Stomach Flu Symptoms: What Happens When You Get the Norovirus?

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Campylobacter is one virus that can cause food poisoning. Photo by: De Wood, Pooley, USDA

Campylobacter can cause food poisoning. Photo by: De Wood, Pooley, USDA

Norovirus Symptoms: When to Call a Doctor

Most people recover from the stomach virus without complications, but dehydration can occur and become life threatening. Although dehydration doesn’t seem like a big deal, it can be a serious event.

Signs of dehydration in adults includes; excessive thirst, dark urine, little urine output, dizziness, and dry mouth. In children and infants look for these signs: Fewer than six wet diapers a day or if your child hasn’t had any or very little urine output for eight hours. In infants, a sunken fontanel (soft spot on the top of their head) is a sign of dehydration. Also, a baby with a dry mouth, who cries with few or no tears, and is unusually sleepy or unresponsive may be dehydrated. If severe dehydration is not treated, seizures, brain damage, and death can occur.

  • For adults, if you haven’t been able to keep down liquids for 24 hours, have a fever above 104 degrees Fahrenheit, have been vomiting for more than two days, have been vomiting blood or have blood in your bowels, you should call your doctor.
  • If your child or infant is sick with the stomach virus, you should call their pediatrician when they have a fever higher than 102 degrees Fahrenheit, if they’re in a lot of pain, or vomiting, or if they seem very tired, unresponsive, or irritable, or have blood in their stools.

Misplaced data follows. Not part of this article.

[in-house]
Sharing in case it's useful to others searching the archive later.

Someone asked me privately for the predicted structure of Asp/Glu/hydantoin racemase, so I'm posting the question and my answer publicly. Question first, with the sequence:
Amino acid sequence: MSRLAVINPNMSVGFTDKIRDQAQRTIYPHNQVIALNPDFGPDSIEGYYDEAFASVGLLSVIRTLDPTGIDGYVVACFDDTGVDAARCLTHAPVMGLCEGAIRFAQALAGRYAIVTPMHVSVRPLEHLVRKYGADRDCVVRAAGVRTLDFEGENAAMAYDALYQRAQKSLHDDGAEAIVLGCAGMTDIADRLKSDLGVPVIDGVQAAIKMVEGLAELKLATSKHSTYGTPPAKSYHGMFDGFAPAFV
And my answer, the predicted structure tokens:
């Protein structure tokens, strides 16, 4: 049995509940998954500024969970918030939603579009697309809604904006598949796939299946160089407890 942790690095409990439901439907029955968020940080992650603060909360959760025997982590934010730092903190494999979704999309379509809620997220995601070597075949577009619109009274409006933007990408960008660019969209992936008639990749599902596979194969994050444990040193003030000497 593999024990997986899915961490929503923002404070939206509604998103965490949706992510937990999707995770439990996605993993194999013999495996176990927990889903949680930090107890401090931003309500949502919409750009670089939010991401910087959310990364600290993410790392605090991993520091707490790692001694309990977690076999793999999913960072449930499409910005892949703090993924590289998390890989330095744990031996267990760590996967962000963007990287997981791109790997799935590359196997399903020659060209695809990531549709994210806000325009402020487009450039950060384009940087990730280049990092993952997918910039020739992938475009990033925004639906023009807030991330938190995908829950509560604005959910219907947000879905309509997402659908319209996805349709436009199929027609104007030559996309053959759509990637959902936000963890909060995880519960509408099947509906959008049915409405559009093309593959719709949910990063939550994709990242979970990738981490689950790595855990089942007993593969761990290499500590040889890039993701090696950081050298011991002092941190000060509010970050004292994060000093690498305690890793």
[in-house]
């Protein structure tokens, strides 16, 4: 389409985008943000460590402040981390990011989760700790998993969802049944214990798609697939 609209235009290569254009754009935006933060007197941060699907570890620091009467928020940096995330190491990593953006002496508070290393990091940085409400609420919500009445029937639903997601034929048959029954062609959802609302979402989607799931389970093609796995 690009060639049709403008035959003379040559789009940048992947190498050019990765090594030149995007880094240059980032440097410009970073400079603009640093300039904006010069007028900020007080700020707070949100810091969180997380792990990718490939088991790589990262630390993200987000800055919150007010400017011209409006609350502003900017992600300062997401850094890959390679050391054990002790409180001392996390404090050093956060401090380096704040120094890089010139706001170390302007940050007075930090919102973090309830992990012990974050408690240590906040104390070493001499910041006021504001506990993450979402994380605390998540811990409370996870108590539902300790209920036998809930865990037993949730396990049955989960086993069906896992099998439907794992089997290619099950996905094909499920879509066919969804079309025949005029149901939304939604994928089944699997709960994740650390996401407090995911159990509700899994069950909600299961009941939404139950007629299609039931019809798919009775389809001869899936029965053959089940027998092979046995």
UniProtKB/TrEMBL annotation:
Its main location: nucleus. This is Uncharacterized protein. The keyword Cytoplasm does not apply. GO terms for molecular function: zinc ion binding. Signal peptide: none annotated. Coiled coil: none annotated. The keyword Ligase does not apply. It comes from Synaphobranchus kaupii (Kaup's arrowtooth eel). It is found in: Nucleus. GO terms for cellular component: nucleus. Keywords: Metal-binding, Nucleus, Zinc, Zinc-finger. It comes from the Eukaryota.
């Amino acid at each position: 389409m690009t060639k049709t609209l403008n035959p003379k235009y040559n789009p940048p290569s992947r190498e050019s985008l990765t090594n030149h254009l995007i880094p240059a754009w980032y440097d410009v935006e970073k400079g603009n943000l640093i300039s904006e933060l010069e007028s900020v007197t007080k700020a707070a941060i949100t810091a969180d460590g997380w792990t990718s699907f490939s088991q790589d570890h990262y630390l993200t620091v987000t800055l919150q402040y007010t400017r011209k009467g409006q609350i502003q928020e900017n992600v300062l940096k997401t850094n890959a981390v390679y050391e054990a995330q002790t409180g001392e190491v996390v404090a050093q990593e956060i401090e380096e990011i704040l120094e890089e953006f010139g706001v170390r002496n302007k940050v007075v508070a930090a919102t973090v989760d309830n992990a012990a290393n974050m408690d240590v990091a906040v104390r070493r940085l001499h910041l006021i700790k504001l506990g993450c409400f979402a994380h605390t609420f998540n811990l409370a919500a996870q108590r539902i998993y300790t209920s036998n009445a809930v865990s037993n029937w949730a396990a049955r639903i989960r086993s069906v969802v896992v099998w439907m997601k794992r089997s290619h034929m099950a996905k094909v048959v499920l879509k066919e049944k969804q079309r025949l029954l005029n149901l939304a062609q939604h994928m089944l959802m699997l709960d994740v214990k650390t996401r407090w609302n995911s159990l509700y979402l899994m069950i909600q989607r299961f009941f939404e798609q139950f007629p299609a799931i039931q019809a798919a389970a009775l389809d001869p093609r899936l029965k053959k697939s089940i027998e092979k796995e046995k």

Stomach Virus Symptoms vs. Food Poisoning

With so many viruses going around this winter, it can be hard to determine if what you have is the stomach virus or food poisoning. Although stomach flu cramps can be painful, the most important thing to watch out for are signs of dehydration, especially in infants, children, the elderly, and those with a weakened immune system.

Resources:

Centers for Disease Control and Prevention. Prevent the spread of Norovirus. (2013). Accessed February 13, 2013.

Mayo Clinic. Viral gastroenteritis. (2011). Accessed February 13, 2013.

National Digestive Diseases Information Clearinghouse. Foodborne Illnesses. (2012). Accessed February 13, 2013.

PubMedHealth. Viral gastroenteritis. (2012).  Dehydration. (2011). Food Poisoning. (2011). Accessed February 13, 2013.

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